at the time represented a major advance in the standardization of mitigation and
monitoring in seismic vessels.
With this 2018 revision, IBAMA consolidates more than a decade of learning and
seeks once again to position the Brazilian practice among the most advanced in the
protection of marine biodiversity in the context of seismic surveys.
It should be noted that this Monitoring Guidelines are not a manual of good
practices to be followed voluntarily by the entrepreneur, but mandatory mitigation and
monitoring procedures established by IBAMA as a condition of the Seismic Survey
Licenses (LPS).
Doubts about the application of the guidelines, comments on the implementation
and criticisms/suggestions for the improvement of these Guidelines can be sent to
IBAMA through the electronic address coexp.rj@ibama.gov.br.
A copy of these Monitoring Guidelines should remain on board the seismic
vessels for consultation by all interested parties.
1.1. Objectives
The Marine Biota Monitoring has two objectives: (i) to implement measures to
mitigate the impact of seismic surveying on marine mammals and marine chelonians;
and (ii) to generate standardized data on the occurrence and behavior of these groups
to deepen the understanding of possible effects by the seismic sources. The purpose of
the Guidelines is to guide the entrepreneur and his contractors on how to properly
implement the mitigation and monitoring measures required by IBAMA.
It is important to note that these Guidelines only concern the biota monitoring
carried out onboard the seismic source vessel. Depending on the location of the seismic
survey, additional monitoring and mitigation projects may be required. In the same way,
it should be noted that IBAMA may require more restrictive procedures than those
defined in these Monitoring Guidelines, motivated by environmental and operational
characteristics of the proposed survey.
1.2. Terminology
To make easier the understanding of the procedures described in the Guidelines
and to standardize the communication between IBAMA and the stakeholders, we present
the definition of some terms used throughout this document:
Acquisition Area: area where the actual seismic data acquisition is performed,
including the run in and run out areas. It is represented by a polygon in which source
array is at full power. It is defined in the Seismic Survey License (LPS).
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Maneuvering Area: area in which the vessel makes the line changes. It is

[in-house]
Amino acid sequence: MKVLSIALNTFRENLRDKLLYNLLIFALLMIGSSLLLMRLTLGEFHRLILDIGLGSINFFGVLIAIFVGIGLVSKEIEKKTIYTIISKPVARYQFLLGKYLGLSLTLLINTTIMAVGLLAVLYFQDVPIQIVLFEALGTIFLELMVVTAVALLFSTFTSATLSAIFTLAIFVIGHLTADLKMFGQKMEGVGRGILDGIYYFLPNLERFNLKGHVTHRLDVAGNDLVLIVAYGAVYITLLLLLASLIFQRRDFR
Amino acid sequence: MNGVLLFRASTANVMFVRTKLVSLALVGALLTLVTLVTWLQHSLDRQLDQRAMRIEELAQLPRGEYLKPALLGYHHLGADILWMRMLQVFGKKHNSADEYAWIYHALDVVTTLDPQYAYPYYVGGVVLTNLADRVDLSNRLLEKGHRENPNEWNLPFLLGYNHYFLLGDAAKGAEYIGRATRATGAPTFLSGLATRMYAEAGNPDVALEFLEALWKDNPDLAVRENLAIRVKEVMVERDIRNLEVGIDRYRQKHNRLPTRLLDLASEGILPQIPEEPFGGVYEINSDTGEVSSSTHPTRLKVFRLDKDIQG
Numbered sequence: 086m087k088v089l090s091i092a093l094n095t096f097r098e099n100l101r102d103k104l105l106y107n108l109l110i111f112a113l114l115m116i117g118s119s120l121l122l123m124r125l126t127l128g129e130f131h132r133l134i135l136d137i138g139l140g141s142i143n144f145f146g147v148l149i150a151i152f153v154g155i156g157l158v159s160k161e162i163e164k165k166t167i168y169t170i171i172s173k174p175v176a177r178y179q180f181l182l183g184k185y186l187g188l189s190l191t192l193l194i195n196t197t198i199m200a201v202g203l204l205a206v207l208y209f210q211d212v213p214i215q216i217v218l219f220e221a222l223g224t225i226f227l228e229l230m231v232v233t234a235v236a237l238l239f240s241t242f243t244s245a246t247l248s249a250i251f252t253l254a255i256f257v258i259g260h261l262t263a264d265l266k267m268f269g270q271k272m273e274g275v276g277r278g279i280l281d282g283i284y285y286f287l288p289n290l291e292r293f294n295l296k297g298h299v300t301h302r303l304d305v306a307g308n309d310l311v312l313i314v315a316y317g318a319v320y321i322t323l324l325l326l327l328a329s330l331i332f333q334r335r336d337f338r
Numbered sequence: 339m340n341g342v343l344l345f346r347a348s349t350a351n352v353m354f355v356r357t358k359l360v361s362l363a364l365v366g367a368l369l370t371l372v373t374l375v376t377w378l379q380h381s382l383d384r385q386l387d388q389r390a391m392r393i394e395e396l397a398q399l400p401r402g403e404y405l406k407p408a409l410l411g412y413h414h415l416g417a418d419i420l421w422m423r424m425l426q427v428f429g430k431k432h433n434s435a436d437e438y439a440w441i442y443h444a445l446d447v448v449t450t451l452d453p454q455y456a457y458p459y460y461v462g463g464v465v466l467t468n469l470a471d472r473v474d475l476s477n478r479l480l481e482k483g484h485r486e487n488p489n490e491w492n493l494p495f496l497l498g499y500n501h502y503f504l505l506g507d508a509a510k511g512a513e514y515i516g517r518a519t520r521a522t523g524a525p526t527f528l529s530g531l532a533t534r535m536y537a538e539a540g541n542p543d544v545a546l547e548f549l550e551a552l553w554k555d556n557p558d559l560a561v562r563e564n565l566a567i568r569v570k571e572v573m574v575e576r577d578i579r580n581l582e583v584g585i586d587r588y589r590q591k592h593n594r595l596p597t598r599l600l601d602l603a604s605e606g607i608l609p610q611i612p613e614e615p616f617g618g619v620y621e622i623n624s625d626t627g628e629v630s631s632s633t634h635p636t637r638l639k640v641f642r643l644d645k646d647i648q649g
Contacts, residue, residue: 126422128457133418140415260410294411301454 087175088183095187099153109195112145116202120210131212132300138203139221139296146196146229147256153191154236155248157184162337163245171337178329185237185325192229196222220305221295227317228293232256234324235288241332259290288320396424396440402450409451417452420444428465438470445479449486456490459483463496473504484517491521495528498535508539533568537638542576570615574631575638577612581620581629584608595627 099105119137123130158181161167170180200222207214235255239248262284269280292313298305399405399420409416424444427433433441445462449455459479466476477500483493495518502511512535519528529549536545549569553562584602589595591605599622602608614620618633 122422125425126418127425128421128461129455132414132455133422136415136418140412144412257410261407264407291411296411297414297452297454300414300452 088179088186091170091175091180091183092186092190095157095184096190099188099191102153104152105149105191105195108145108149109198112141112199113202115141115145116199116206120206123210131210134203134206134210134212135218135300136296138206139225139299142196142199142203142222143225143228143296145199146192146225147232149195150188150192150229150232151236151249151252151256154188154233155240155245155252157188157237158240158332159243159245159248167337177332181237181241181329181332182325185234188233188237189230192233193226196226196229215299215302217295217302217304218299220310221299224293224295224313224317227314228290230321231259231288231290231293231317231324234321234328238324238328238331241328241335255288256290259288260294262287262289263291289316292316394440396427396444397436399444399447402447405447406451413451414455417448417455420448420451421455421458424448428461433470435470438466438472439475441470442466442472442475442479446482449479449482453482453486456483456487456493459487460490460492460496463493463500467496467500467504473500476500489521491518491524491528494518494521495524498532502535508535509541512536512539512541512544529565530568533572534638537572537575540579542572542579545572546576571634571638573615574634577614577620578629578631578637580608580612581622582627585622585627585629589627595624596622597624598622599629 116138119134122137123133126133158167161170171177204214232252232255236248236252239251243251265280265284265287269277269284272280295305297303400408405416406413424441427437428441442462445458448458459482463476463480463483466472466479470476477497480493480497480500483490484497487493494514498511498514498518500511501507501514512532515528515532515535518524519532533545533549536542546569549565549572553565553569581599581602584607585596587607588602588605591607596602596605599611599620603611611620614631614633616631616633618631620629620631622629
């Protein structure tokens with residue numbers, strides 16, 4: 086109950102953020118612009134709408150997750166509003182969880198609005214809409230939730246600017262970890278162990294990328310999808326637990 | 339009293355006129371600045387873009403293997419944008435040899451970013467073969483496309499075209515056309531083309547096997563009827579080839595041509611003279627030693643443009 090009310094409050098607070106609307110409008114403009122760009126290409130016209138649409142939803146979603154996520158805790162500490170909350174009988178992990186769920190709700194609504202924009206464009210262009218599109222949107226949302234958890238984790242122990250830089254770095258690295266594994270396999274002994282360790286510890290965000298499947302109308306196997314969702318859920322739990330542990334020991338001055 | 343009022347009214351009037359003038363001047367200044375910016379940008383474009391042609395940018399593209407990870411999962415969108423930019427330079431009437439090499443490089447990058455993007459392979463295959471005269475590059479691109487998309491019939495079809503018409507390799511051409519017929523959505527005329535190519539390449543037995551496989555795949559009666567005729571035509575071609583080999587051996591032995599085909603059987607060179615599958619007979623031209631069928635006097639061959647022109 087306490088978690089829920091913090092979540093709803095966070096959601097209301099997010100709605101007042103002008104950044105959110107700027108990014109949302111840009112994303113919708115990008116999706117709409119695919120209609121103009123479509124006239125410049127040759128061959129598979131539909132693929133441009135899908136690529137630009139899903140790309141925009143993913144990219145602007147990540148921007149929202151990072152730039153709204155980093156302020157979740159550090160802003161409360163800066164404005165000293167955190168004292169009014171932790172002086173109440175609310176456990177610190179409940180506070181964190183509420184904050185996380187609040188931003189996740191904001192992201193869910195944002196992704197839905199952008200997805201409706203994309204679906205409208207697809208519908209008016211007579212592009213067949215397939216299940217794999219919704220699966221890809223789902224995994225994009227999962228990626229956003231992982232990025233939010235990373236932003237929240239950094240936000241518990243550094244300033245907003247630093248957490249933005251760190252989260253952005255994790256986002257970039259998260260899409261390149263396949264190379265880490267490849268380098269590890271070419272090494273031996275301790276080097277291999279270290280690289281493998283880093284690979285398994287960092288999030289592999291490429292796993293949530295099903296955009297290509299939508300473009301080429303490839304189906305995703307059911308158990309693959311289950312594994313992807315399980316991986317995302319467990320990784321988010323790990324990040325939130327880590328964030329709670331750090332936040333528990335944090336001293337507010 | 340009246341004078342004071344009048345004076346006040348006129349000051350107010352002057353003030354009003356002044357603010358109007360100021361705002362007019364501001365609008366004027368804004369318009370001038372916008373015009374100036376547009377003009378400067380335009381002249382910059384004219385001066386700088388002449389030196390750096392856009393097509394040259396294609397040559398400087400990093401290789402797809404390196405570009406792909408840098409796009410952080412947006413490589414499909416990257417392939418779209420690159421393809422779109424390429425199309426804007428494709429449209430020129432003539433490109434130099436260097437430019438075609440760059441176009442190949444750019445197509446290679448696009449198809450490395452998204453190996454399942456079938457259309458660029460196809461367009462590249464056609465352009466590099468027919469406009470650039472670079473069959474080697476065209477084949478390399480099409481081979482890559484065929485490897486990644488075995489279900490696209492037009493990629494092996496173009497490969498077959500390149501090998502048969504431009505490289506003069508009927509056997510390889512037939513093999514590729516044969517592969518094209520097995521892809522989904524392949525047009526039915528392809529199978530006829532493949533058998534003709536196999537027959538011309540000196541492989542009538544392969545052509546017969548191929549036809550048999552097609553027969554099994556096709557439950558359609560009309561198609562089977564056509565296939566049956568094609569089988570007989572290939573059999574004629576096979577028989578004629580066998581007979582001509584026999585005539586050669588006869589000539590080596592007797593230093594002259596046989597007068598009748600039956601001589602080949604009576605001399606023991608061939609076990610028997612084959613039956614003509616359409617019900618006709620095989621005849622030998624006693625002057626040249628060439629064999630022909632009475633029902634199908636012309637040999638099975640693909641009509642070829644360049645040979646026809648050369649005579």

represented by a polygon outside the Acquisition Area. Source array shall not be at full
power in the Maneuvering Area, except for source testing during line changes, which
shall be duly recorded on the operation and effort record worksheet. It is defined in the
Seismic Survey License (LPS).
Activity Area: area defined by the sum of the acquisition area and the
maneuvering area.
Exclusion Area: Hemisphere in the water column formed by a radius of 1,000m,
originated in the center of the seismic source array. The seismic source must be turned
off immediately whenever a marine mammal or chelonian is sighted or detected
acoustically in that region during the normal operating situation, seismic source tests or
soft start procedure (soft start/ramp up). It is referred in the industry by Exclusion Zone
(EZ) or Safety Zone.
Soft start: procedure of soft start of seismic pulse intensity over time. Also known
as ramp up. During the ramp up, seismic firing should be ceased if any marine mammal
or chelonian is detected in the Exclusion Zone.
Sighting or visual detection: detection of marine animals in the seismic vessel
surrounding area, inside or outside the Exclusion Zone. In the specific case of these
guidelines, the main target are the chelonians and marine mammals.
Acoustic detection: detection of vocalization of marine mammals by the operator
of Passive Acoustic Monitoring, inside or outside the Exclusion Zone.
Detection: identification of the presence of marine mammals or chelonians by
visual or acoustic means, inside or outside the Exclusion Zone.